[9]  The balance standard (Standard 4) states that when controversial issues of public importance are discussed in news, current affairs and factual programmes, broadcasters should make reasonable efforts, or give reasonable opportunities, to present significant points of view either in the same programme or in other programmes within the period of current interest. The standard exists to ensure that competing arguments are presented to enable a viewer to arrive at an informed and reasoned opinion.1

[10]  Mr Butler referred to the presenter's introductory remarks, and specifically:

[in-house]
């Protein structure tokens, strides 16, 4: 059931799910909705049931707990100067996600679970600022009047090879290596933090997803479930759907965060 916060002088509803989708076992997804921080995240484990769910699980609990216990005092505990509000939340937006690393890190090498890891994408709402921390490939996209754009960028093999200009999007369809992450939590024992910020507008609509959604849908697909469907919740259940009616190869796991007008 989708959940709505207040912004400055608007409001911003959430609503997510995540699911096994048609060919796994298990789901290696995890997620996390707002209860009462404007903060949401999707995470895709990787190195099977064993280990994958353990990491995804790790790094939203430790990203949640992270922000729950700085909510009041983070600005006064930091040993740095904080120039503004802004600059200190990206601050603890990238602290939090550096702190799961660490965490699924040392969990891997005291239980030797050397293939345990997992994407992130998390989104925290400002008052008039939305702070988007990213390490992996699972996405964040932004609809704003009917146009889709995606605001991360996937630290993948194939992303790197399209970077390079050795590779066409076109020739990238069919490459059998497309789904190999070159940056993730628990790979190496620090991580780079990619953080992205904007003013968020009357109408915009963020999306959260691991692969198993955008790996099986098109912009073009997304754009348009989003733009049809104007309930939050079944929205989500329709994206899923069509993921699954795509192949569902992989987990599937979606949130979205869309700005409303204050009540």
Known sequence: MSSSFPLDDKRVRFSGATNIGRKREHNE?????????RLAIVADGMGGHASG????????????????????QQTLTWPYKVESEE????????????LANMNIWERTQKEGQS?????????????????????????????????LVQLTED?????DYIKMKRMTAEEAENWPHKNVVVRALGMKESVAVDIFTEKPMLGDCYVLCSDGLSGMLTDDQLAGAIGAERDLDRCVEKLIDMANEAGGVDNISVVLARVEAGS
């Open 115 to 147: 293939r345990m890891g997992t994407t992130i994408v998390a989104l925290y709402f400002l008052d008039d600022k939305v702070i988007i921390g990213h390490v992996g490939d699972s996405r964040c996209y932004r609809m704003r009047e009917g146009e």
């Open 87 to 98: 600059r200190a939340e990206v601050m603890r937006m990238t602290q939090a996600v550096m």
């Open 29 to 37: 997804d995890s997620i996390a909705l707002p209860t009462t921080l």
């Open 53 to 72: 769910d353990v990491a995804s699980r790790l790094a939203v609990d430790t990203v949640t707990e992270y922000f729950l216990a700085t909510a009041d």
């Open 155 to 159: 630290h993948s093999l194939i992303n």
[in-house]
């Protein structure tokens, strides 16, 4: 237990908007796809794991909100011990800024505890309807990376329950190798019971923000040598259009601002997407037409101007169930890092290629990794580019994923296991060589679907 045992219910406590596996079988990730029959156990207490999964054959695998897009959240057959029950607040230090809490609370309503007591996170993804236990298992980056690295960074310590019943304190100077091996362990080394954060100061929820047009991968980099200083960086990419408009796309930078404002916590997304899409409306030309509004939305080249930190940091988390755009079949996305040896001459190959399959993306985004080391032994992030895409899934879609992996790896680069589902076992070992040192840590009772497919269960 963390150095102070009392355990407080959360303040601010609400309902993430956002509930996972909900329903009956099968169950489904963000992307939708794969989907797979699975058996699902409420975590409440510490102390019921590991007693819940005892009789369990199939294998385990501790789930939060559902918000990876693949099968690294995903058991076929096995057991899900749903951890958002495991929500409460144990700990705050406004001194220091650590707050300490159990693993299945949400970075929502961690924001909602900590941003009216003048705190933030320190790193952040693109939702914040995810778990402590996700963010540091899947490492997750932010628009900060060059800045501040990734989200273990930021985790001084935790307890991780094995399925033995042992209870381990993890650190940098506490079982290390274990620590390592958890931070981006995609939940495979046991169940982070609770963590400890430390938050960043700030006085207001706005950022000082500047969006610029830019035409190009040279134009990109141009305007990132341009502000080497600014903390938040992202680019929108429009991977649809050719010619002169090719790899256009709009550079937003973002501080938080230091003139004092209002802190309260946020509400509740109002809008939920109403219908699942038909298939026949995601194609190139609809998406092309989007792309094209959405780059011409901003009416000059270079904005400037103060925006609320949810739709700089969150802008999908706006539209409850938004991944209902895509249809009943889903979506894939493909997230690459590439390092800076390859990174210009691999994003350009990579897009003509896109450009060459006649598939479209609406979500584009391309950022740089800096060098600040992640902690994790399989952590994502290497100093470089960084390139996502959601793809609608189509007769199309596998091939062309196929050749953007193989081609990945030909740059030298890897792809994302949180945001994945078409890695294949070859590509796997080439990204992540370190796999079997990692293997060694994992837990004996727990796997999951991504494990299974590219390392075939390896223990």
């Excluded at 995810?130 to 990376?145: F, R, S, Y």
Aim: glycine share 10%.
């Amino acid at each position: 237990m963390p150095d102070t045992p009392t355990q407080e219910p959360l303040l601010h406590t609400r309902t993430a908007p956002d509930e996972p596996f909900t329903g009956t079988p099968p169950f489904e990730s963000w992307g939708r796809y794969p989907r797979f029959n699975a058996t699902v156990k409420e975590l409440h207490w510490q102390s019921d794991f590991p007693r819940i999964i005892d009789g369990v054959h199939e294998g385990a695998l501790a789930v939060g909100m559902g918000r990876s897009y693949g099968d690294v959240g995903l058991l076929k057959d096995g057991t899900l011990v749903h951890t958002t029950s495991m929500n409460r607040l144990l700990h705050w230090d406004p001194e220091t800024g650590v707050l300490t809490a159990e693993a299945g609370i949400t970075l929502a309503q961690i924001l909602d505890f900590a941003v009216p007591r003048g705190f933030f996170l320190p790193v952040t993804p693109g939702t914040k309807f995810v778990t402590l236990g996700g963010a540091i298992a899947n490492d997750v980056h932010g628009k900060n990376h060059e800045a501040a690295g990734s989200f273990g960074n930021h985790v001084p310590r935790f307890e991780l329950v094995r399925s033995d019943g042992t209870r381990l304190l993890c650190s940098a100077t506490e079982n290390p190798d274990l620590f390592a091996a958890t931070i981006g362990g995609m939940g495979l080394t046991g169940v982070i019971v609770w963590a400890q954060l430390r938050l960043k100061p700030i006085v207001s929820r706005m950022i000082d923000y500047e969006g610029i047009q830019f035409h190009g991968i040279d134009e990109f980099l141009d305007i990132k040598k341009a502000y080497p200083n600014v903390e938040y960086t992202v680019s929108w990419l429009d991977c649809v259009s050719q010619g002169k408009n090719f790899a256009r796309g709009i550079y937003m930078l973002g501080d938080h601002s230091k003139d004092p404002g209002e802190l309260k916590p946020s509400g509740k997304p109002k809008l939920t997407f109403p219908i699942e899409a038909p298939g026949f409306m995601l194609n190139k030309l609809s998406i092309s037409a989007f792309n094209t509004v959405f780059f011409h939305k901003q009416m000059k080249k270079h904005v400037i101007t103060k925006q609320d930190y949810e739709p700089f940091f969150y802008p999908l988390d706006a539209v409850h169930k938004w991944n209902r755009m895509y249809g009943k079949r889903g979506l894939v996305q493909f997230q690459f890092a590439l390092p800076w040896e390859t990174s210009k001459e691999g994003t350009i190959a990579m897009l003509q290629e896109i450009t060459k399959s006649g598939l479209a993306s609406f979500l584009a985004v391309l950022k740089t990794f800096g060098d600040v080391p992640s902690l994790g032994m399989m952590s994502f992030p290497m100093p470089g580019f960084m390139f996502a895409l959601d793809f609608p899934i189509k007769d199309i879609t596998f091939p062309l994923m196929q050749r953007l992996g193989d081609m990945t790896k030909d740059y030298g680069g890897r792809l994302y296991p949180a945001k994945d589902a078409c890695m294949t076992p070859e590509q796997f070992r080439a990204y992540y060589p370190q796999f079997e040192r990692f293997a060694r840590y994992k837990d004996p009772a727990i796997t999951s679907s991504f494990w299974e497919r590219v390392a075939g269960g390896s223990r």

So when [Mr Titford] accused the Northland iwi Te Roroa of being greedy Māori who were after his land, the country rallied behind him. Te Roroa, he said, were violent terrorists who burned down his home. Mainstream media bought the story, as did a group of wealthy, white New Zealanders who were tired of what they called the 'Treaty gravy train', and their influence stretched all the way to Parliament.

[11]  There were two main branches to Mr Butler's complaint:

  • He maintained that while two opposing viewpoints were presented in the story, 'Māori TV presented the viewpoint it disagreed with in a hostile, pejorative manner, meaning that the viewpoint was not fairly presented'.
  • Mr Butler also argued that the programme omitted the perspective of Ngāpuhi. He noted that Mr Titford's now estranged wife had Ngāpuhi ancestry and so 'equating the Te Roroa claim with a Māori perspective fails to understand that part of the dispute over land at Maunganui Bluff was a clash between Te Roroa and Ngāpuhi'.